B&W Executive Talks With Farmers About Difficult Year, Reasons for Optimism
LOUISVILLE, Ky., Dec. 6 /PRNewswire/ -- Brown & Williamson Tobacco Corporation has told tobacco farmers gathered at the Kentucky Farm Bureau annual meeting here that despite a difficult year, the tobacco industry has reason for optimism.
``It would be difficult, if not impossible to tell you the short-term outlook for our industry is as positive as all of us would like, but we do have reasons to be optimistic,'' said Earl Kohnhorst, president of U.S. domestic business for the Louisville-based tobacco manufacturer.
For the state and its tobacco growers, funds from the settlement the manufacturers reached with the states last year will soon begin flowing, he said. Kentucky will receive some $3.4 billion over the next 25 years. Decisions on spending will be made by the Kentucky General Assembly. In addition, Kohnhorst said, the manufacturers -- realizing the impact of the settlement on the growing community -- agreed to a $5.1 billion growers' trust fund to help offset lost profits on quota to tobacco farmers. Kentucky's share is about $1.5 billion.
Turning to some of the reasons why Brown & Williamson remains optimistic, Kohnhorst cited three major areas:
* "First, we are optimistic because our company and our employees are driven to be successful. I cannot overstate the view that Brown & Williamson is in this business for the long term. Yes, we are going to experience some bumpy roads over the next year or two as the cigarette market re-defines itself. But we are continuing to invest for the future.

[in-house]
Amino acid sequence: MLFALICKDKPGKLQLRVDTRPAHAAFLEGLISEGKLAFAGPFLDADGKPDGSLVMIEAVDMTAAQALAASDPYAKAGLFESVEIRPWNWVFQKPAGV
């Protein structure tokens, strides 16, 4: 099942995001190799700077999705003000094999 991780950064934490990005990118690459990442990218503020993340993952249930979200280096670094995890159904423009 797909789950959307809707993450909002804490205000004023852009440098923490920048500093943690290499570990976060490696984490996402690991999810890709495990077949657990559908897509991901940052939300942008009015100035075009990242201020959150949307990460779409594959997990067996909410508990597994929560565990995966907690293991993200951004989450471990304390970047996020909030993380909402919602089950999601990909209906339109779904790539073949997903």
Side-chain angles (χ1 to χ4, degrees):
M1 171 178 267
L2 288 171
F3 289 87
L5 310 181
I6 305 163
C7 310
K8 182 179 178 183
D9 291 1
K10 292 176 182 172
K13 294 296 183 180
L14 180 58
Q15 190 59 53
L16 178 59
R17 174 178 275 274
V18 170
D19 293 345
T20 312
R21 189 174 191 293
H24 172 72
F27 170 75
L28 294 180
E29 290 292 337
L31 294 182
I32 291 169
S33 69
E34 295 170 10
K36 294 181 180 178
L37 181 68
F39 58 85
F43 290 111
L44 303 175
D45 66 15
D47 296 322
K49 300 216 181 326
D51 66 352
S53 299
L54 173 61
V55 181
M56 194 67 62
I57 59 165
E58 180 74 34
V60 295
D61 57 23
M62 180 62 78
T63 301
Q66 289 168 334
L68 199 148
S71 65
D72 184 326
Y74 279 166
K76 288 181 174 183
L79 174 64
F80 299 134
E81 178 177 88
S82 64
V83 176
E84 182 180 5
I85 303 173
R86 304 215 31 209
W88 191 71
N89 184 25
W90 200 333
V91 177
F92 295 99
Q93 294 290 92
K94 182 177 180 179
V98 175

* "Second, we expect domestic volumes to improve. Our projections show the current decline will slow and an uptick in consumption may not be
too far down the road. So we must invest to grow our share of the market.
*"Third, there is little doubt the international cigarette market will continue to grow. That means that quality U.S. leaf will be in demand. The challenge is yours to continue to grow and market quality burley that will be competitive in the global environment.
``For Brown & Williamson, in particular,'' Kohnhorst said, ``the commitment of our parent company, British American Tobacco, to the tobacco side of the business is significant. BAT is the largest free-standing tobacco company in the world and the most international tobacco company. This is a vote of confidence for tobacco and our future.
``Yes, these are challenging times for tobacco,'' he said. ``The combination of litigation, regulation and political pressure has had a major impact on the tobacco companies, consumers and you, the growers.
``On top of all this, we here in Kentucky have faced a particularly difficult year,'' he said. ``I'm tempted to quote that old adage 'when it rains, it pours.' Unfortunately, that's just the problem. Not only did it not pour, it very nearly didn't rain at all. Our burley was seeded in a drought, grown in a drought and harvested in a drought. It is utterly amazing that Kentucky farmers have been able to bring this crop to market -- and that it is as good as it is. If there is any consolation, it is that this crop is selling at around the same price as last year. But that is small consolation, I know, given that the companies are not purchasing as much as last year.''
Kohnhorst noted that domestic cigarette sales are down about 10 percent and that some overseas markets have not recovered as quickly as anticipated. But among the things Brown & Williamson is doing to help domestic farmers, Kohnhorst said, is to substantially reduce its importation of overseas tobacco. B&W's export leaf company also is continuing to try to expand leaf sales overseas as well.
Brown & Williamson Tobacco Corporation is the nation's third largest tobacco manufacturer. Its major brands include KOOL, Lucky Strike, GPC and Misty. For more information about the company and the tobacco industry, visit www.brownandwilliamson.com